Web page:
Officials in the northern Afghan province of Takhar say 12 children were killed in an air strike on a mosque, but the government in Kabul disputes the account, claiming all those killed were Taliban fighters.
The strike occurred on October 21 in Baharak district, some 15 kilometers from the regional capital, Taloqan, where Taliban fighters had killed dozens of Afghan security forces in the early morning, provincial councilor Mohammad Azam Afzali said.
The provincial governor spokesman also confirmed the report.
A warplane bombed the mosque after receiving information that Taliban militants who were involved in the hours-before bloody attack on security forces were hiding there, Afzali added.
The Defense Ministry confirmed the strike was carried out by the Afghan air force but denied civilians had died.
"Twelve Taliban, including several of their commanders, were killed," it said.
An investigation team was appointed to "assess allegations about civilian casualties resulting from this attack,” the ministry said.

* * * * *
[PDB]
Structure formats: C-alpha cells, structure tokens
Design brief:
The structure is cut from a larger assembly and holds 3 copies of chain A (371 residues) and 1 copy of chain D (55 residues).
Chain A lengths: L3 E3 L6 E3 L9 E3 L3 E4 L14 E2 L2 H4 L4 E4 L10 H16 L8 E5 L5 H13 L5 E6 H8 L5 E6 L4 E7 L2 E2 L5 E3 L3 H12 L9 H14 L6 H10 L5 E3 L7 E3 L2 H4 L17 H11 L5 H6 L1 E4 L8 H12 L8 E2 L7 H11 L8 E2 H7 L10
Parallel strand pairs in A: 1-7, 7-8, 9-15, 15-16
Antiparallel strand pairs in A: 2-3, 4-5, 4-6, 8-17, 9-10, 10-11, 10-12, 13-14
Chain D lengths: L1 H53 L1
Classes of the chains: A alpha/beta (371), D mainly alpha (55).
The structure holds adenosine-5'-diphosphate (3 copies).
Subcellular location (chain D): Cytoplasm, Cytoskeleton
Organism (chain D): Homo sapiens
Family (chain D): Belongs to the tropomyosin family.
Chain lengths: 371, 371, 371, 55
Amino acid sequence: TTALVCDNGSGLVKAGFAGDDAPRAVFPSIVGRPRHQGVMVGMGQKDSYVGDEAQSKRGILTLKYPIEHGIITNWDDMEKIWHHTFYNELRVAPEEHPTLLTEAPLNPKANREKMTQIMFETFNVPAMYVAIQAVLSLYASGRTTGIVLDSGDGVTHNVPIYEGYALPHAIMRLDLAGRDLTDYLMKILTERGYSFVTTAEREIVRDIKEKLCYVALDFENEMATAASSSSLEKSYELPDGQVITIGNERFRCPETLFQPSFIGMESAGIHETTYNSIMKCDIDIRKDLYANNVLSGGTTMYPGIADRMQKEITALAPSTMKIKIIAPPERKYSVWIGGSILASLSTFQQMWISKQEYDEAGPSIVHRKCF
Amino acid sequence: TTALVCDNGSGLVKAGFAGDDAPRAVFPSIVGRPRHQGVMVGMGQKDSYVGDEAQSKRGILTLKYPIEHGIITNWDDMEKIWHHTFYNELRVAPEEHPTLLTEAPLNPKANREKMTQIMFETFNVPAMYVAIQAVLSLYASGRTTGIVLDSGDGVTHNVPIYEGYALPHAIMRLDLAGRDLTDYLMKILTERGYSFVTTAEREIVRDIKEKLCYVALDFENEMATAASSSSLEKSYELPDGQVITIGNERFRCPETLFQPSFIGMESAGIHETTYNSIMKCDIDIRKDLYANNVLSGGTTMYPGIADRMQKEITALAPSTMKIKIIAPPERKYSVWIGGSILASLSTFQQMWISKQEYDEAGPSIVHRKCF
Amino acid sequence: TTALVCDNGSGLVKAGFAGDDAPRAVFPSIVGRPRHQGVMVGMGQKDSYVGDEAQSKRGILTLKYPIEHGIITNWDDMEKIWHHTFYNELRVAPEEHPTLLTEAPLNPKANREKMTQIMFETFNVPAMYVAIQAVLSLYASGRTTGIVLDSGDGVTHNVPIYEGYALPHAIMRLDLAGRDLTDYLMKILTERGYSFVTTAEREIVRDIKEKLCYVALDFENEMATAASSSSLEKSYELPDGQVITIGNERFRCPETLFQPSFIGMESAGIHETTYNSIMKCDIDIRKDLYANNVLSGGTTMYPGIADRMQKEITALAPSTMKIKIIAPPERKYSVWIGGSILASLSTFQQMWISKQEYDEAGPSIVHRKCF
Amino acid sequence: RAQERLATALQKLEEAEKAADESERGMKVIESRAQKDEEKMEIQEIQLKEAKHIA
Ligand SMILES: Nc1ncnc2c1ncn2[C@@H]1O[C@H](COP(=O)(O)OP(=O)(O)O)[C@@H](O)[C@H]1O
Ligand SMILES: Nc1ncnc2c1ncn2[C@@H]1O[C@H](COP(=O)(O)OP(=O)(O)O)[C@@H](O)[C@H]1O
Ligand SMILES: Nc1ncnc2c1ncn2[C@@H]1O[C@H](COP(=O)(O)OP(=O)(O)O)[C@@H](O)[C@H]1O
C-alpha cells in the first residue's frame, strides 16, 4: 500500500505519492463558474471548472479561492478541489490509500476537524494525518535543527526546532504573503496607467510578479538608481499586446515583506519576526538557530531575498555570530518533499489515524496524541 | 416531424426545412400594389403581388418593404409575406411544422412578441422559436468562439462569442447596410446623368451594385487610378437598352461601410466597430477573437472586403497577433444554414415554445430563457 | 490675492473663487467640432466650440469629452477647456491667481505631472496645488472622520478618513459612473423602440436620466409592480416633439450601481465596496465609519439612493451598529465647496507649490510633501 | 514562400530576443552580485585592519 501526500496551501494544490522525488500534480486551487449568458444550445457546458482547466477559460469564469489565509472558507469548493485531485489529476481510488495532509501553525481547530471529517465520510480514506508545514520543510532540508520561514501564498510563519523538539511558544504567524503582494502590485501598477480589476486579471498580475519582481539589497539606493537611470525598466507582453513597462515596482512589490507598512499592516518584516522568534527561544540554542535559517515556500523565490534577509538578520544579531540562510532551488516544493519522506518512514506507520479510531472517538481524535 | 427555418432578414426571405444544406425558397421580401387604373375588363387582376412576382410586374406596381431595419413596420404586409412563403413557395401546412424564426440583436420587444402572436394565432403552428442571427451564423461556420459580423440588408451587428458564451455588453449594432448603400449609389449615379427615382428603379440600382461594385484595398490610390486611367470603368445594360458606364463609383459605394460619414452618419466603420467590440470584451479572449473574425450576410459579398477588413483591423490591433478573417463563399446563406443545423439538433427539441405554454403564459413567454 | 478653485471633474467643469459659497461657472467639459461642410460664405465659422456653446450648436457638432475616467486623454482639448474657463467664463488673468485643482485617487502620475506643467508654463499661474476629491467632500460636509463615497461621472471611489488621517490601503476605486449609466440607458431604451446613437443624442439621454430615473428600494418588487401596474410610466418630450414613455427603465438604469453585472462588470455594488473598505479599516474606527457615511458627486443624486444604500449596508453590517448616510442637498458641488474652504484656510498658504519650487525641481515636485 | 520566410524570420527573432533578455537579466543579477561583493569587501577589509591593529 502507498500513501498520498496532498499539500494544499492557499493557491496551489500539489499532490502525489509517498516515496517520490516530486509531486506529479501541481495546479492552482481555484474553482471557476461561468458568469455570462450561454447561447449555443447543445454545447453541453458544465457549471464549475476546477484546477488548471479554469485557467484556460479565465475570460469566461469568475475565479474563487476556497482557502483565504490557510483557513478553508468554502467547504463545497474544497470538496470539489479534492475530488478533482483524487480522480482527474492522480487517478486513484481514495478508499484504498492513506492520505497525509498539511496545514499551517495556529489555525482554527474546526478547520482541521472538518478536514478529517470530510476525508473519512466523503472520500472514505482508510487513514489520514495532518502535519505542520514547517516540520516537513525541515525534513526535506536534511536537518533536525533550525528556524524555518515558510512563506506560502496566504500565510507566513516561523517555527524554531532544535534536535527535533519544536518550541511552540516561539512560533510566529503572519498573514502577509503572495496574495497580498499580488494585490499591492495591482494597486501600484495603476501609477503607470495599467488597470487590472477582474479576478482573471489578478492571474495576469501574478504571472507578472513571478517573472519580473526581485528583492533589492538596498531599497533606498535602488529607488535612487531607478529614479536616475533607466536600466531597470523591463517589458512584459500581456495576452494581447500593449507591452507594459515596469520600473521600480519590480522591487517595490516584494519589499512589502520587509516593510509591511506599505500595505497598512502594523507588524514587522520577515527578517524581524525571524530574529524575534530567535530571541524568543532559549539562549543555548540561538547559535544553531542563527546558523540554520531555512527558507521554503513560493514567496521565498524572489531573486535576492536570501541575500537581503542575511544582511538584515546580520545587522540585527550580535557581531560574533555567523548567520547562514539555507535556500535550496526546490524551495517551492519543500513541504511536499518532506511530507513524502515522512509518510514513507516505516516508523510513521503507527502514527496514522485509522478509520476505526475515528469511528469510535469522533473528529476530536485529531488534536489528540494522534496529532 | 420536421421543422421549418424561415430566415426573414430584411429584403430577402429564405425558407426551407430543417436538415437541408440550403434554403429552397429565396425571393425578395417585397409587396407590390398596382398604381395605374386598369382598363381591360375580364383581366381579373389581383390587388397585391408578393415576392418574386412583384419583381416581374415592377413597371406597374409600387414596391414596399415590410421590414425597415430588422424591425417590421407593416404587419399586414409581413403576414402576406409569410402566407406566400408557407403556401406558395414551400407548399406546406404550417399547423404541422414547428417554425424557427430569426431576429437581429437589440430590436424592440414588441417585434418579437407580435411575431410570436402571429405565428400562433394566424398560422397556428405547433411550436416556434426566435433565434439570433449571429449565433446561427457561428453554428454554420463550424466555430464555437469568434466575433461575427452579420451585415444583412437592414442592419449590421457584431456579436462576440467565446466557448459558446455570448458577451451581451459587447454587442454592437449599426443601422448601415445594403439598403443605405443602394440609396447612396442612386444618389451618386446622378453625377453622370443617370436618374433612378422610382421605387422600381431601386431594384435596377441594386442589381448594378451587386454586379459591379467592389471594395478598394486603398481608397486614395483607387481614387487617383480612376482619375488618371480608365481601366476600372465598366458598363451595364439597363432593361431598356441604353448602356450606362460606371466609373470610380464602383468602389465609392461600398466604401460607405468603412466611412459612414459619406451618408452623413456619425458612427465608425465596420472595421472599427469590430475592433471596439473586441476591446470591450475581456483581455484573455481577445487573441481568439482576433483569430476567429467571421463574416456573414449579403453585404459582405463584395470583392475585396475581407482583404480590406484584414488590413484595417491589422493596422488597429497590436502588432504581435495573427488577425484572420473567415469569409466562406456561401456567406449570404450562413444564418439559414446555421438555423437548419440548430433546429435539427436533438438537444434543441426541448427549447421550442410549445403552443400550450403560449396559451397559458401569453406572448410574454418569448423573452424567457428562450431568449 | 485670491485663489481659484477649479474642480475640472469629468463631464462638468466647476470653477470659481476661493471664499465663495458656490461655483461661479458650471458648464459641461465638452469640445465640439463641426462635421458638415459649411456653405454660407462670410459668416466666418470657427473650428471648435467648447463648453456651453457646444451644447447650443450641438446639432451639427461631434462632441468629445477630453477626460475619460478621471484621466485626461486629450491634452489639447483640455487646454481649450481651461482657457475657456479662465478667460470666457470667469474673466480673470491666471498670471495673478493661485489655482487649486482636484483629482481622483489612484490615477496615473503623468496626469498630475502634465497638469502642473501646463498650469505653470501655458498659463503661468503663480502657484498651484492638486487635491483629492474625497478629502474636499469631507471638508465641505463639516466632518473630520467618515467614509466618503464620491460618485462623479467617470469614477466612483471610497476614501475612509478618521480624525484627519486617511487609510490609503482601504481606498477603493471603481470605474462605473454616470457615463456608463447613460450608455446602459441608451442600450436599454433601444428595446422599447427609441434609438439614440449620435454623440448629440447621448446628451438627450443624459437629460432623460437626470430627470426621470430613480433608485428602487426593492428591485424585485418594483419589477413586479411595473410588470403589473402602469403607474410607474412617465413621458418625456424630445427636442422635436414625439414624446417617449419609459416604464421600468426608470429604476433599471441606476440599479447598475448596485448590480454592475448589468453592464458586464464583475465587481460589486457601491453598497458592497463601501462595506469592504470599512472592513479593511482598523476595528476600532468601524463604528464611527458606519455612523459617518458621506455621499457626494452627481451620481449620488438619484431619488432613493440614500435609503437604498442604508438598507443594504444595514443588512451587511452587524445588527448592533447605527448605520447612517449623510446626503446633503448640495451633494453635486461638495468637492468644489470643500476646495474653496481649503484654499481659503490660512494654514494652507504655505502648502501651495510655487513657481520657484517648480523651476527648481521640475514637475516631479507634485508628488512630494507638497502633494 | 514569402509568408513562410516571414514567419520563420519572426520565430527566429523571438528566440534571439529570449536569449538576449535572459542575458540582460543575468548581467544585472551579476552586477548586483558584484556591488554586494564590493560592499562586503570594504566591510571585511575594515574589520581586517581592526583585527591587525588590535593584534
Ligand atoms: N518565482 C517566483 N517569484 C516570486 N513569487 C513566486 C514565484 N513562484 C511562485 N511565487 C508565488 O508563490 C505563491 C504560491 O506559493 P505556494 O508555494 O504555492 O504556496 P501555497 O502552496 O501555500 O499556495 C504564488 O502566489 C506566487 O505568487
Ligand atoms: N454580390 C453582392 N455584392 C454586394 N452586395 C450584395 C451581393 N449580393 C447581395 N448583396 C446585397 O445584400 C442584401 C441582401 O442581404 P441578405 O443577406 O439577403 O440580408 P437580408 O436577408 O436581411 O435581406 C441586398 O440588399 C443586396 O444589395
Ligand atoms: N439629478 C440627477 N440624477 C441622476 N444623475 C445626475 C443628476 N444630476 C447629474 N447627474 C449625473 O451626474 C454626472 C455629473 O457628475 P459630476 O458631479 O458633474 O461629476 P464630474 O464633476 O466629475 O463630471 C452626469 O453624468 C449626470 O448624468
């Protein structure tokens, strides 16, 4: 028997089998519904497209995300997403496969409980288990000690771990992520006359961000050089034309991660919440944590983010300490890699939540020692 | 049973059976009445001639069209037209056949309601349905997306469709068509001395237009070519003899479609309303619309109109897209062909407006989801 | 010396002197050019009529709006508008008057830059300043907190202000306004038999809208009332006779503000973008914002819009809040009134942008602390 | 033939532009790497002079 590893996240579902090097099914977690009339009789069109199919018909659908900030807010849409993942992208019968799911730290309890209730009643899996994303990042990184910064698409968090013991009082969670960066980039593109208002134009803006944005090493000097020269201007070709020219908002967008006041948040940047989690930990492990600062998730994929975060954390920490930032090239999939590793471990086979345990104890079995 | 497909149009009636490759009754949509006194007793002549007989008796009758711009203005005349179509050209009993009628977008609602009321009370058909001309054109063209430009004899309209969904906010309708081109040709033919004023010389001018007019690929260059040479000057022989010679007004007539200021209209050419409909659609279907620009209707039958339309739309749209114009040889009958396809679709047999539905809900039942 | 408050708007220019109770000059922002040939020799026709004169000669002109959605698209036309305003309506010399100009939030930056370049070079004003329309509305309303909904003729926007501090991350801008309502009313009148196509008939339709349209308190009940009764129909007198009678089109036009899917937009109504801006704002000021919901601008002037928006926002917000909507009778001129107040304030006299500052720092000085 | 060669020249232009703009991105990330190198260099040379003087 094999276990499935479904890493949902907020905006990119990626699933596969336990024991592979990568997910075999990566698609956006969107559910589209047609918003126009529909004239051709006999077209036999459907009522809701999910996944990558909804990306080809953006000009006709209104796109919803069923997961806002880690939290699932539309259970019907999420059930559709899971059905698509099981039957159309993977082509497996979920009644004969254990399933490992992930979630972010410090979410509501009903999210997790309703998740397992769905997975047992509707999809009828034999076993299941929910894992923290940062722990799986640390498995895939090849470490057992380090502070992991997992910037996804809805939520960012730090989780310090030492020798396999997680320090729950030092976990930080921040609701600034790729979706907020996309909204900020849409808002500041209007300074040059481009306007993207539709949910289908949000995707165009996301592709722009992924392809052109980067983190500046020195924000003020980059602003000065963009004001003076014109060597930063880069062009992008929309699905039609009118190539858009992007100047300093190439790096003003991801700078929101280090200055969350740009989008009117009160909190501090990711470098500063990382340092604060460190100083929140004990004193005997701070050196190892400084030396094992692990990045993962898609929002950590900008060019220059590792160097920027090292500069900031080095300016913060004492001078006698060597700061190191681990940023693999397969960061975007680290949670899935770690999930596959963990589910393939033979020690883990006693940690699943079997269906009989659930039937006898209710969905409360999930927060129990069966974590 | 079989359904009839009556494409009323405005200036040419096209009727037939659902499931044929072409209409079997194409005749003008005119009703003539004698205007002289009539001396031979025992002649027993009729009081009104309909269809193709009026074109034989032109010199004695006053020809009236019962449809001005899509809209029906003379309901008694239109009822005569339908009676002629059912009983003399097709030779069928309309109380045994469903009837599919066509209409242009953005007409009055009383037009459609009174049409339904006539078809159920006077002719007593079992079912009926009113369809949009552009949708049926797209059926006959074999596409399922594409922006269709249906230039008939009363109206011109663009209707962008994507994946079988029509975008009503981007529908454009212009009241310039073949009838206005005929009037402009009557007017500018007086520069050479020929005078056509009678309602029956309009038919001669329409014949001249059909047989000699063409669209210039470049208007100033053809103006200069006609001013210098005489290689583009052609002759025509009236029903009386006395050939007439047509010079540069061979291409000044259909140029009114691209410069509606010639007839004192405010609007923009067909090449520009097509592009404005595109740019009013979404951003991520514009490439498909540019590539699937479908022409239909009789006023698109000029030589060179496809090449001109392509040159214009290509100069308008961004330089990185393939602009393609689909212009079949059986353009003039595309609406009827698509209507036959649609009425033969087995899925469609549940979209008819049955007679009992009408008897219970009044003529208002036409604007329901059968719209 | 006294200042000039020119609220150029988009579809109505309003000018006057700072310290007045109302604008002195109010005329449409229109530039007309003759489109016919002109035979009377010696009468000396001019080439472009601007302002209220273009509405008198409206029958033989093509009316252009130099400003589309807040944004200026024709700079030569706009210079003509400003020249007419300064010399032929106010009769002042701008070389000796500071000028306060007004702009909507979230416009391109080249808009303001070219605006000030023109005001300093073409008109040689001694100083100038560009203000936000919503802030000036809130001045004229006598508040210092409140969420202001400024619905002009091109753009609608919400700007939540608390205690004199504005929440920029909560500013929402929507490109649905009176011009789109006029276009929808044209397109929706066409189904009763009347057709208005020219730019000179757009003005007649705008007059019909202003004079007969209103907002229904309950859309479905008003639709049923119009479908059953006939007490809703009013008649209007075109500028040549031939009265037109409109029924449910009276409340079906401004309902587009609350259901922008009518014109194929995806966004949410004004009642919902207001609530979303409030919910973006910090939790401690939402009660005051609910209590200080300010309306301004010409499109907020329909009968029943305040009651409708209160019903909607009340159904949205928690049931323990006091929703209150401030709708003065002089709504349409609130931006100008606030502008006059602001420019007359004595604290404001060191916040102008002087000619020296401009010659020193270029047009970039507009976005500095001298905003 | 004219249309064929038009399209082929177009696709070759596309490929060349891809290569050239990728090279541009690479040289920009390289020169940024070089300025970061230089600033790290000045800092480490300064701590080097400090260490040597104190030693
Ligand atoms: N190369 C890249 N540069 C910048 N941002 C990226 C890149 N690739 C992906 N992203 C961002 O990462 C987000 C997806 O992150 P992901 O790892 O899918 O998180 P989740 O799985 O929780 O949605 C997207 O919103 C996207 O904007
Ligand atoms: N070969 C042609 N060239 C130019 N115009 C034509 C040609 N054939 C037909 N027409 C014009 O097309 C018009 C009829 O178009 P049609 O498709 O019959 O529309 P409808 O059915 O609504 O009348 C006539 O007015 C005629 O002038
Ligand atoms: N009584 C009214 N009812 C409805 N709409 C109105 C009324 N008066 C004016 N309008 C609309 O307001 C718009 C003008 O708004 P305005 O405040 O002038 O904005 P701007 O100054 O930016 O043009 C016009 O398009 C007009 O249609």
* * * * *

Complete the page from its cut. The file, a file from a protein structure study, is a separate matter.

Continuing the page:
The target of the strike was said to be a religious school, or madrasah, attached to the mosque.
Provincial police spokesman Khalil Aseer said 14 people were also wounded in the strike.
Health officials said a hospital close to the site of the air strike had received at least eight people who were wounded in the incident.
The imam of the mosque, Abdul Awal, who was among those wounded, said that only he and children were in the mosque at the time of the strike.
Afghanistan's Vice President Amrullah Saleh took to Facebook to deny news that children had died in the mosque as "baseless,” and warned those spreading "rumors" about the air strike with legal action.
Earlier on October 22, Takhar’s provincial deputy police chief and at least 43 other Afghan security forces were killed in clashes with the Taliban in Baharak, according to officials.
The Taliban attacked security forces in the Masjid-e-Safid village of Baharak, according to local officials.
The Taliban was said to have suffered heavy casualties in the clashes but there is no exact information.
Violence in Afghanistan continues despite ongoing peace talks between the representatives of the government and the militants in Qatar that kicked off last month.
The Taliban so far has refused to accept a cease-fire.
A Taliban assault by the militants in the southern province of Helmand forced nearly 40,000 civilians to flee their homes this month, disrupted telecommunications services, and closed the highway between Kandahar and Helmand, according to the UN refugee agency, UNHCR.
According to the United Nations Assistance Mission in Afghanistan (UNAMA), civilian populations continue to bear the brunt of Afghanistan's war with at least 1,282 deaths in the first six months of the year.